#8: Killer Klowns from Outer Space

During the direct to video craze of the mid '80s, filmmakers knew that even the most outlandish idea would have some heft home theater legs once the title hit VHS. Thus we have this clever, satiric take on the old invasion films of the '50s, except this time, the aliens looking like demonic clowns. Even better, they use standard carnival/circus fare -- popcorn, cotton candy, balloons -- to wreck their havoc on the horrified human population. More funny than frightening, it's still an eccentric entry into the genre.

 
#7: Starship Troopers

Leave it to Robocop's Paul Verhoeven to turn the fascist fascination of sci-fi legend Robert A. Heinlein into something even more totalitarian. Half the time, we feel like we're watching outtakes from a futuristic Triumph of the Will. Still, the all out war waged between man and bug is so brilliantly handled, complete with some of the best F/X work of CG's infancy, that we can overlook the veiled militaristic message. Besides, who doesn't want to see Neil Patrick Harris as a pseudo SS psychic?

 
#6: District 9

Coming completely out of left field and winding up one of the year's best, this metaphoric South African thriller is like the 1958 racial expose, The Defiant Ones, except this time, we have a bumbling government bureaucrat paired up with an interstellar "prawn" that may or may not be willing to help him. Like Monsters, it's been a while since aliens have landed on Earth and since then they have been marginalized and quarantined in "ghettos", given to random abuses by the powers that be. When forced to cooperate, both sides become suspect... and with good cause.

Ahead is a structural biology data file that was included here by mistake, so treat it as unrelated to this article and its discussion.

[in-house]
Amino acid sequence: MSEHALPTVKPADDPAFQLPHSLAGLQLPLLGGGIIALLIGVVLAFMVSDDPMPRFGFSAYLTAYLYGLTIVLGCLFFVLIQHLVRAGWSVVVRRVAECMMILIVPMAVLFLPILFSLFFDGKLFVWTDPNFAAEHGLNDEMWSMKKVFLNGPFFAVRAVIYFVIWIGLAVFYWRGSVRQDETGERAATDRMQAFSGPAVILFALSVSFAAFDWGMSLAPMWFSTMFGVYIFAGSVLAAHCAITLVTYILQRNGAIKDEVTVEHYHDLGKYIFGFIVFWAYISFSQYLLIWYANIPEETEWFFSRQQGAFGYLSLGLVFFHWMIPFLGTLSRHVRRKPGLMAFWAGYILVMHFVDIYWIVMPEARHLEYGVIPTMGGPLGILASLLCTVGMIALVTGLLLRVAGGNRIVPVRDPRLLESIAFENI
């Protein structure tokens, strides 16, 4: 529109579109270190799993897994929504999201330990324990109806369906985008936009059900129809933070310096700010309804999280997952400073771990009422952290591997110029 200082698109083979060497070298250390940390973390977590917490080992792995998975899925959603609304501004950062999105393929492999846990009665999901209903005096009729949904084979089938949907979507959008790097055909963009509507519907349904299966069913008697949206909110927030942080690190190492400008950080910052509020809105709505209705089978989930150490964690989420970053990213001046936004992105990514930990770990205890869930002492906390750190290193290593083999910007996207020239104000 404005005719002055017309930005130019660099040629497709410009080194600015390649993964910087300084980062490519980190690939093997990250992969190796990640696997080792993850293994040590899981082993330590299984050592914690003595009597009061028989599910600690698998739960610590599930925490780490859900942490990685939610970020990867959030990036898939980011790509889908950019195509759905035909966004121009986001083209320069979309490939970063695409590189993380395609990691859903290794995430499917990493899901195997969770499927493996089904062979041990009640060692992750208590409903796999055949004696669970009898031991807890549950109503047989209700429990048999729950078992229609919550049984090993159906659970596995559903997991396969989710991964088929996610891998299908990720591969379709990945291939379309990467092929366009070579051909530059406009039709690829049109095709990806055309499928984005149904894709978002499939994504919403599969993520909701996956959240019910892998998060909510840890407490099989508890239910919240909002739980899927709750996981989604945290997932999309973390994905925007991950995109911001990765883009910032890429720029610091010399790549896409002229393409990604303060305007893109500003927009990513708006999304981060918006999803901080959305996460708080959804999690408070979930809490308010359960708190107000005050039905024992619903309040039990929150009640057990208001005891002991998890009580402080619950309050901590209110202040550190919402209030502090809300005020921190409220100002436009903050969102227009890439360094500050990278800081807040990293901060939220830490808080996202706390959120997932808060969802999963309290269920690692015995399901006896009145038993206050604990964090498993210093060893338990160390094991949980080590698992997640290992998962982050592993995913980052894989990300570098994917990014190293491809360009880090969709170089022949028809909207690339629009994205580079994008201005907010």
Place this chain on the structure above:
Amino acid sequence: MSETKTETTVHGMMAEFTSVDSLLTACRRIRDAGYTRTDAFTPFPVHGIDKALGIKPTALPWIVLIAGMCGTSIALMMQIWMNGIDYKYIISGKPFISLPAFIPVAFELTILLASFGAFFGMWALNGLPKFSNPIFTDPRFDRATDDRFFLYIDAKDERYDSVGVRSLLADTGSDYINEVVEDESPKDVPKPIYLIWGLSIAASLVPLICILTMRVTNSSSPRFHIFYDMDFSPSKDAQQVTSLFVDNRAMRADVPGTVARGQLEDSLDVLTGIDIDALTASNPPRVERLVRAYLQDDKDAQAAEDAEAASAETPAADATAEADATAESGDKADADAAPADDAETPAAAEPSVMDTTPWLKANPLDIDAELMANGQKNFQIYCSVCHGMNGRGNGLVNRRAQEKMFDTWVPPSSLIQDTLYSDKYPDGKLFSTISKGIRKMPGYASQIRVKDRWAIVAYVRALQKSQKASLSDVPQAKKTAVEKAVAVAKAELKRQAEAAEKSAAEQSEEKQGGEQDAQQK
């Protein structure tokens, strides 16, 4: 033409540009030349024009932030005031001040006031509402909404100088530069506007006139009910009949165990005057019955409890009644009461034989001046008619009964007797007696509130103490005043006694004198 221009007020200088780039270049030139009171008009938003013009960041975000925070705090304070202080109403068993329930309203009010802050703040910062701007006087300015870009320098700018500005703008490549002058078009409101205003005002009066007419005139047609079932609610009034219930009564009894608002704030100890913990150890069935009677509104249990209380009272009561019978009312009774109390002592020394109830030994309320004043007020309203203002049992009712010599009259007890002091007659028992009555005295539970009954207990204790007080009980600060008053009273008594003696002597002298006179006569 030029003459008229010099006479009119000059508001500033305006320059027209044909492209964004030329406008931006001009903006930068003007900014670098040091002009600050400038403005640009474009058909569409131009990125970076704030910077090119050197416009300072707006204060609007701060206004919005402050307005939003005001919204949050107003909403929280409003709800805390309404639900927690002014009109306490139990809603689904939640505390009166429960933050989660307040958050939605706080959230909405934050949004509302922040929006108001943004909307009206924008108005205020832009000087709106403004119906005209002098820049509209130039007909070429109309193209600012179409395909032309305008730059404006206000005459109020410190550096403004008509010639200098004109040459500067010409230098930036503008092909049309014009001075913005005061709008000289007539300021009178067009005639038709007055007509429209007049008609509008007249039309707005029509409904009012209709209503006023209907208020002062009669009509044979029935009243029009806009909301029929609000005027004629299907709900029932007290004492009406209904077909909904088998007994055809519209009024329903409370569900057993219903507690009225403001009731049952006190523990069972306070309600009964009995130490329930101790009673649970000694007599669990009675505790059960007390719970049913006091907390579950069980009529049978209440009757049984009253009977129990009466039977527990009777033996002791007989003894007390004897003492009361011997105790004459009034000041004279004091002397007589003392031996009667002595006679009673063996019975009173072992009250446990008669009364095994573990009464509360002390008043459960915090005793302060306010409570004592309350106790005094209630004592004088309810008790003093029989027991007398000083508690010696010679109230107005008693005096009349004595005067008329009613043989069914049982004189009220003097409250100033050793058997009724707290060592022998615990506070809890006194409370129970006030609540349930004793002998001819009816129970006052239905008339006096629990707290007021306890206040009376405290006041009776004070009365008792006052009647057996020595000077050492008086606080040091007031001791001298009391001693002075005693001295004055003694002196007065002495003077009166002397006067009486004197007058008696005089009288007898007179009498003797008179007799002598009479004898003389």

Next Page

In the wake of Malcolm Young's passing, Jesse Fink, author of The Youngs: The Brothers Who Built AC/DC, offers up his top 10 AC/DC songs, each seasoned with a dash of backstory.

In the wake of Malcolm Young's passing, Jesse Fink, author of The Youngs: The Brothers Who Built AC/DC, offers up his top 10 AC/DC songs, each seasoned with a dash of backstory.

Keep reading... Show less

Pauline Black may be called the Queen of Ska by some, but she insists she's not the only one, as Two-Tone legends the Selecter celebrate another stellar album in a career full of them.

Being commonly hailed as the "Queen" of a genre of music is no mean feat, but for Pauline Black, singer/songwriter of Two-Tone legends the Selecter and universally recognised "Queen of Ska", it is something she seems to take in her stride. "People can call you whatever they like," she tells PopMatters, "so I suppose it's better that they call you something really good!"

Keep reading... Show less

Morrison's prose is so engaging and welcoming that it's easy to miss the irreconcilable ambiguities that are set forth in her prose as ineluctable convictions.